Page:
This week on Te Ao with Moana, reporter Hikurangi Jackson investigates the rise in referee abuse in rugby, and the emotional toll the abuse brings with it.
The camera slowly zooms in on a young man in footy garb crouched down on the grass, his head buried in his left arm. A person is hovering on his left, patting his back, consoling him.
This video captured the immediate moment after a young referee was abused from the sidelines on an Auckland rugby field earlier this year. After it was posted to social media, it went viral.
The man in the video was 20-year-old Joseph Green. He’s been a referee since he was 14, and he’s got big dreams of refereeing the NRL one day.
But he says the experience that preceded the moment captured by the viral video was enough to make him want to leave the game for good.
“When you’ve got like 20, 30 people just pretty much abusing you, saying everything under the sun, you know, it’s a pretty daunting thing to face,” Green says.
He had to take a few weeks off after the incident, and he says it took a big toll.
“Like, life just got real dark… it still affects me today, to be honest.”
Even death threats
Jackson Reuben-Swinton has also experienced his fair share of sideline abuse from being a referee for over two decades.
He says he’s been the target of racist abuse and, recently, he’s even received death threats.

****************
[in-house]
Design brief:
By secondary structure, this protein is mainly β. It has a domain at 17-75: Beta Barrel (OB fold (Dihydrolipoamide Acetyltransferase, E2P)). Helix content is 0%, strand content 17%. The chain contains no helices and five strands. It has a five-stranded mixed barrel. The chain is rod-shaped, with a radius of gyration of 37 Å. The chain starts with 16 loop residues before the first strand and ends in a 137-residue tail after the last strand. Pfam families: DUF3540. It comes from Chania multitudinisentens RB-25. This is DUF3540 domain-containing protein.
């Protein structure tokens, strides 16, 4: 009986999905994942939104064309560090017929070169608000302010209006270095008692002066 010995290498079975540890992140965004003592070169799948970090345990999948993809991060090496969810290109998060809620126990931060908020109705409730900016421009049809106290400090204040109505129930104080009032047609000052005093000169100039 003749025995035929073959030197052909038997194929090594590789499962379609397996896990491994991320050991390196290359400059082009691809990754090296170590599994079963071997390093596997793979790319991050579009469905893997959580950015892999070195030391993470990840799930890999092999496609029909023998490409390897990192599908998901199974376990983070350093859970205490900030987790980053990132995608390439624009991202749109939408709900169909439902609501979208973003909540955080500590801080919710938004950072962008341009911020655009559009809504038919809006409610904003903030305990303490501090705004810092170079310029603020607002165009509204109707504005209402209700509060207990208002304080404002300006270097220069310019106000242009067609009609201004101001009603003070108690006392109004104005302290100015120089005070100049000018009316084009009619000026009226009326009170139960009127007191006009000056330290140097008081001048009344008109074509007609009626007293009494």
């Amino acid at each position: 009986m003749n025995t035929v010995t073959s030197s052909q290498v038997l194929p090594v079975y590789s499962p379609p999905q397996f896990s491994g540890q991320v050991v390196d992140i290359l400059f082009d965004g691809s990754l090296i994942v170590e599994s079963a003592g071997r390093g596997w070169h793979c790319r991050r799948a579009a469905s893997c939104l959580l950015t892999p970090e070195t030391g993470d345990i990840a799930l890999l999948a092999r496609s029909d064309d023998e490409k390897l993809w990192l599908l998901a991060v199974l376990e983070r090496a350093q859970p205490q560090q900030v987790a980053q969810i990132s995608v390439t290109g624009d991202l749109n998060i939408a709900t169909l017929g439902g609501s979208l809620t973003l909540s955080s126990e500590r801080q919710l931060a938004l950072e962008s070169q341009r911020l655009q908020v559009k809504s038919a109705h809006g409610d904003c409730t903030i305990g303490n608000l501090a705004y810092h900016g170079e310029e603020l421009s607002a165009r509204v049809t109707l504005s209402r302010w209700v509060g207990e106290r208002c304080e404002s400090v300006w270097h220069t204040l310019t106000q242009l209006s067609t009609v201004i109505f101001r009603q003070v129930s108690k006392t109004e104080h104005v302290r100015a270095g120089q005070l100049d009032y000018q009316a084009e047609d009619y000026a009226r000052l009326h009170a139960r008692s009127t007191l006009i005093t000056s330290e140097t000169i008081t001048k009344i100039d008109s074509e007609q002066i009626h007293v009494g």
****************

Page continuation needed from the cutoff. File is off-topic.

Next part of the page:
“It was continuous ... things like, ‘if he comes back to our marae, we’re going to run him over’, and ‘he better not come near us, we’re going to kill him’, things like that,” Reuben-Swinton explains.
After that particular game, he says he had to sit down with his whanau to reassess whether it was worth continuing as a referee.
“I'd be lying if I said it didn't mess with my mental health … there was a gap there where I was actually nervous to go back to that club.”
Refereeing at elite levels can carry even greater risk, as every decision made is magnified by the TV.
“You’ve got tens of thousands of people watching the game and every single one of those people that are watching it are watching it through the colours of their team,” says Henry Perenara, who, after retiring as an NRL player in 2007, became a referee in 2011.
Offputting for young referees
He recalls the infamous match between the Canterbury Bankstown Bulldogs and the South Sydney Rabbitohs in 2015, in which he watched angry spectators in the stands fling plastic bottles at his referee colleagues, who were surrounded by security guards.
For this reason, the presence of security guards at elite-level matches is a common occurrence.
Perenara says abuse at any level is unacceptable but he worries that it can be offputting for young referees at the grassroots. He believes it’s critical to find ways to limit the abuse.
Twenty-year-old Green agrees.
While he hates that he was caught on camera in such a vulnerable moment, he’s grateful that the widespread sharing of the video has helped raise awareness about the impact of referee abuse.
Reuben-Swinton says it’s important for referees to speak out about their experiences and not bottle it up, and he hopes spectators will start to understand that referees are humans who just sometimes make mistakes.
“Behind the whistle … is actually a person who has feelings, who deals with mental health, who has kids who are on the sideline listening to the kōrero that is being said.”